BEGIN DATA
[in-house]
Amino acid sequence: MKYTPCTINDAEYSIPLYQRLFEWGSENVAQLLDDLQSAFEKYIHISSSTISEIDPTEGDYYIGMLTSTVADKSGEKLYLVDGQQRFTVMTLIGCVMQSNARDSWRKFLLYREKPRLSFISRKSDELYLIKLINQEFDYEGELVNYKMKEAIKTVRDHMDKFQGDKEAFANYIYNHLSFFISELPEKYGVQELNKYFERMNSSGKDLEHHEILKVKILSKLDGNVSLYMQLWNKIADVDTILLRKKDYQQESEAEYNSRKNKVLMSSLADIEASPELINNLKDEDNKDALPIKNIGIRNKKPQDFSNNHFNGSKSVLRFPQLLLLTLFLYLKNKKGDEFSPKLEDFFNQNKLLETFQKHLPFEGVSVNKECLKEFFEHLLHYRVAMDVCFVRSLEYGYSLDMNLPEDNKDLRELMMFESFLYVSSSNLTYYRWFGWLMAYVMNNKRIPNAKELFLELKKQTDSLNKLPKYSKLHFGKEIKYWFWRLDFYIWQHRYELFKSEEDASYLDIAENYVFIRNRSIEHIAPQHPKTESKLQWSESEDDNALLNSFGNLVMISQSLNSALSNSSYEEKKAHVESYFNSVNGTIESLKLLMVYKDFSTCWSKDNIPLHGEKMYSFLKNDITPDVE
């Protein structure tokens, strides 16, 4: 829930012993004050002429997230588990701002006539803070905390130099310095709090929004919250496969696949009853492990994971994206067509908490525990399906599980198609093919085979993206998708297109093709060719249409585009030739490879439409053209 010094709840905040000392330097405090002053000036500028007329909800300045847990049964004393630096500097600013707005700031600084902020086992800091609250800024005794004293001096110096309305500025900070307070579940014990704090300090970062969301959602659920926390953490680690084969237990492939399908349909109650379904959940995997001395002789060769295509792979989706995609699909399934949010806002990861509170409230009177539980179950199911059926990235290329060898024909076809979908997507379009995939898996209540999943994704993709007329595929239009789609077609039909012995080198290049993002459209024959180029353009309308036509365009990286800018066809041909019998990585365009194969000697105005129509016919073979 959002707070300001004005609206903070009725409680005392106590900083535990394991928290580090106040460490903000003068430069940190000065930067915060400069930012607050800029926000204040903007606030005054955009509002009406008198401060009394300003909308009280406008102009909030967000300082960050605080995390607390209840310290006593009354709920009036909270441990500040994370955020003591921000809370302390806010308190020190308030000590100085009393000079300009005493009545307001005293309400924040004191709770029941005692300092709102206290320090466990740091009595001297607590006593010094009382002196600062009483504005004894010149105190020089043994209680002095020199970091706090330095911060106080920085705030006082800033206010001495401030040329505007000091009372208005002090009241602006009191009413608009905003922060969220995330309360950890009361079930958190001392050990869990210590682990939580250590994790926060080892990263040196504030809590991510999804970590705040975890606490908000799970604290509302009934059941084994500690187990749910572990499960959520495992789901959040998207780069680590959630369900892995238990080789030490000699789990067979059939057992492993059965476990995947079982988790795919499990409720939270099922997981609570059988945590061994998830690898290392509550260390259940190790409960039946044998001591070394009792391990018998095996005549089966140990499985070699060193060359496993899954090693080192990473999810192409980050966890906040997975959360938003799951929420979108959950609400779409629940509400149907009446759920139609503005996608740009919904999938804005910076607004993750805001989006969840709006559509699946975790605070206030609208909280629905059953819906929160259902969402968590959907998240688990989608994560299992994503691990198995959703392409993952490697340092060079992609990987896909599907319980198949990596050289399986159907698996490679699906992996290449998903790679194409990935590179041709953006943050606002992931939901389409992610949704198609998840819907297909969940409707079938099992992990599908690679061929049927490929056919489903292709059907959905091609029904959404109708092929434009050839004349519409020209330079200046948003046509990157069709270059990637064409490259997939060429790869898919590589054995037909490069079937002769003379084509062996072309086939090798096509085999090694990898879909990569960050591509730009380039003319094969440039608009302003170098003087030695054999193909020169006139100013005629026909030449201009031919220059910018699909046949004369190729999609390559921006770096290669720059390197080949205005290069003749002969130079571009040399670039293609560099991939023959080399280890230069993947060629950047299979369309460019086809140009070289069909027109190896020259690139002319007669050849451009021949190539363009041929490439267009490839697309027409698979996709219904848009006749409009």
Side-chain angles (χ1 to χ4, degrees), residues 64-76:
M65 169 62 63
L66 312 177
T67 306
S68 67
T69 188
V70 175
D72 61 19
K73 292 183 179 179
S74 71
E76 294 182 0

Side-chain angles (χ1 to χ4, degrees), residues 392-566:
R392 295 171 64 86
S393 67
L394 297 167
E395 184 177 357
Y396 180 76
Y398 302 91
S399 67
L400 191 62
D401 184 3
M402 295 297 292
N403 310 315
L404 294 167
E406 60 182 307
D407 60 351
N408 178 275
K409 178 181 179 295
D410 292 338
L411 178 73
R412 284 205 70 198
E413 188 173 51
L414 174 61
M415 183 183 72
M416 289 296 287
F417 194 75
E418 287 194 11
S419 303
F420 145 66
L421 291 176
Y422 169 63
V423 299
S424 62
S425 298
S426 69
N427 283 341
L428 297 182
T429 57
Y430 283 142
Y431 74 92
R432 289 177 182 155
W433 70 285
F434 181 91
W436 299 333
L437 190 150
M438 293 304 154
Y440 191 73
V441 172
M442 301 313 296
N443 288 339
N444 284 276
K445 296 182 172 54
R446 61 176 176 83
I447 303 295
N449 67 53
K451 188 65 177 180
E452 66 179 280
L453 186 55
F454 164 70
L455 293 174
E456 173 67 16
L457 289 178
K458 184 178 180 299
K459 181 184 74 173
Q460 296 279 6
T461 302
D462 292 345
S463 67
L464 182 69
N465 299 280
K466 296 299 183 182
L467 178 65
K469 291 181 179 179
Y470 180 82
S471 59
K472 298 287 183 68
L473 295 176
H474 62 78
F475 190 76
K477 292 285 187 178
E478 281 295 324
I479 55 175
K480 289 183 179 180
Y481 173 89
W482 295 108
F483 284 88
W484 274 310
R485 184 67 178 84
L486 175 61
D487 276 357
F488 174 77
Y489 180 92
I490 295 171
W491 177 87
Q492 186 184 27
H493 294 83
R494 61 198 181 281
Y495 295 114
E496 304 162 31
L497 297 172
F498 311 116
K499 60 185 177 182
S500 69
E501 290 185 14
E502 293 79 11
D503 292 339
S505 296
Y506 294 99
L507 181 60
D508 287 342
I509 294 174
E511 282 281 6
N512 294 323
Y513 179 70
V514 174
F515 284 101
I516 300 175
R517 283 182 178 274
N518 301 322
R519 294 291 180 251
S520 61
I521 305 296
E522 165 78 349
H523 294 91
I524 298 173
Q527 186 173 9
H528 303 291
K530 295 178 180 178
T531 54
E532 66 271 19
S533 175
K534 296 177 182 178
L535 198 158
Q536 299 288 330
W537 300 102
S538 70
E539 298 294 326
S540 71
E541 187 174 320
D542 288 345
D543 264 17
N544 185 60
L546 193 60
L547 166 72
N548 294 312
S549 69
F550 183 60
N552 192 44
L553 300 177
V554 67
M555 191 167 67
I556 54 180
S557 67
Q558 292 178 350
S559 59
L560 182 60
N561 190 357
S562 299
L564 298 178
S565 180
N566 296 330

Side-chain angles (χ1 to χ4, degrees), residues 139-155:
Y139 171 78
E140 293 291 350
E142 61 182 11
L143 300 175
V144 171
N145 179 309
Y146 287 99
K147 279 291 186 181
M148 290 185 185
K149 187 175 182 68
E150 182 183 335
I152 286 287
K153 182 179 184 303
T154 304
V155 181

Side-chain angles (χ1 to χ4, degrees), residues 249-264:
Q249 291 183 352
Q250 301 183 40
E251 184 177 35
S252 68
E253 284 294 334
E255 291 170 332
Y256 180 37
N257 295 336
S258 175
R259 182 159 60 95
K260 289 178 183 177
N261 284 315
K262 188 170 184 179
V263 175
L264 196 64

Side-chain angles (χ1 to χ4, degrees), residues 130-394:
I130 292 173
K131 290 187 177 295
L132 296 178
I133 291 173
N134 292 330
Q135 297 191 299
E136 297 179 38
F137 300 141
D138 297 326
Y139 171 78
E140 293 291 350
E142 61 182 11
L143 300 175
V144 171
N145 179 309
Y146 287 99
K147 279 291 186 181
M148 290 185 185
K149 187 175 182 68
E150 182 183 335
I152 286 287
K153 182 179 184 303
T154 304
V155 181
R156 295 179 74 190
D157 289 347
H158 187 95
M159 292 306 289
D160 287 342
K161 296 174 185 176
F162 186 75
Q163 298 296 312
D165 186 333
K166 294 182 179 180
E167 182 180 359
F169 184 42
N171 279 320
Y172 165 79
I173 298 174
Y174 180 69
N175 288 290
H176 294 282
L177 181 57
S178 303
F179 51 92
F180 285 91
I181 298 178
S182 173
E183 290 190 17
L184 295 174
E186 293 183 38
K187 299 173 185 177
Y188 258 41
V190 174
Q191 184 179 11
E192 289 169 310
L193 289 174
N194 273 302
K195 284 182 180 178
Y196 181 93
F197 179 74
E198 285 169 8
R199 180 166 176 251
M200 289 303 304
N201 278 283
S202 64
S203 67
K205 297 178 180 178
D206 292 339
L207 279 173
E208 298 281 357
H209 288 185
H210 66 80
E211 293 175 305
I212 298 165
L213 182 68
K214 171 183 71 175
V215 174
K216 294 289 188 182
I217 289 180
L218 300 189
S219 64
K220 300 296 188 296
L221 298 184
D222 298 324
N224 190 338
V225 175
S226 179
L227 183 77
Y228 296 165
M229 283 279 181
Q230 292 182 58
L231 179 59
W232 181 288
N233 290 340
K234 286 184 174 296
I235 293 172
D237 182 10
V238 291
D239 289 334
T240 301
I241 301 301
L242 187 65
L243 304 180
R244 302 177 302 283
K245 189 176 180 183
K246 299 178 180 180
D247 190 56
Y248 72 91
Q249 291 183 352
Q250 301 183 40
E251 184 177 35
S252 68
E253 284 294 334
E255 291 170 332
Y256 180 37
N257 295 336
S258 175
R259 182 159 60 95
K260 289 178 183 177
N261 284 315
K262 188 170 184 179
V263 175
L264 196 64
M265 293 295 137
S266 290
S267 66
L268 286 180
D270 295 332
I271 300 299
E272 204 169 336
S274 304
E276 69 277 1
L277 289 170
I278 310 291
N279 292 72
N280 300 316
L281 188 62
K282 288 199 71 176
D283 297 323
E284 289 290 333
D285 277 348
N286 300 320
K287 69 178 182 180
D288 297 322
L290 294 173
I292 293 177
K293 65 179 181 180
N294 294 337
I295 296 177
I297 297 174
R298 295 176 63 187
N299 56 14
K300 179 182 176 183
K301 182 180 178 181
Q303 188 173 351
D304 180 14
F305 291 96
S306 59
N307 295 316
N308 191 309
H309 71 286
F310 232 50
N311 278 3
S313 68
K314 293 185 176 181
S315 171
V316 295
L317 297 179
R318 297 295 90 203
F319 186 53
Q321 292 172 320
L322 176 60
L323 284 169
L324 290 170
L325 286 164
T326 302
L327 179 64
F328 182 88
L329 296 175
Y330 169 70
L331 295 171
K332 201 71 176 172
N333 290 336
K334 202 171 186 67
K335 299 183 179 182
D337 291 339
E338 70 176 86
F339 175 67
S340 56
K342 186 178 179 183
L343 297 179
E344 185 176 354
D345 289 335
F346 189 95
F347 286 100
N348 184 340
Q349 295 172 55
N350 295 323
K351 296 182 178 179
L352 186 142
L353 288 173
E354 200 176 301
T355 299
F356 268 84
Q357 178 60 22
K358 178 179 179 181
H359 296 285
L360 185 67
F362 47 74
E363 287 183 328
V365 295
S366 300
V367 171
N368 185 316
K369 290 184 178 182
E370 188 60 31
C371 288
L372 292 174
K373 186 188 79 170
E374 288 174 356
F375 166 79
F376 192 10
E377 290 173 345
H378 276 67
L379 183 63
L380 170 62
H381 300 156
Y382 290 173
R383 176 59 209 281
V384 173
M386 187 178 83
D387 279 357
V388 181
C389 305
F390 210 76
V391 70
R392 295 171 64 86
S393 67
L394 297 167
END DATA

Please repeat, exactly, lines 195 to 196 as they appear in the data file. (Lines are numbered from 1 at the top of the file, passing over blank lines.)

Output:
S252 68
E253 284 294 334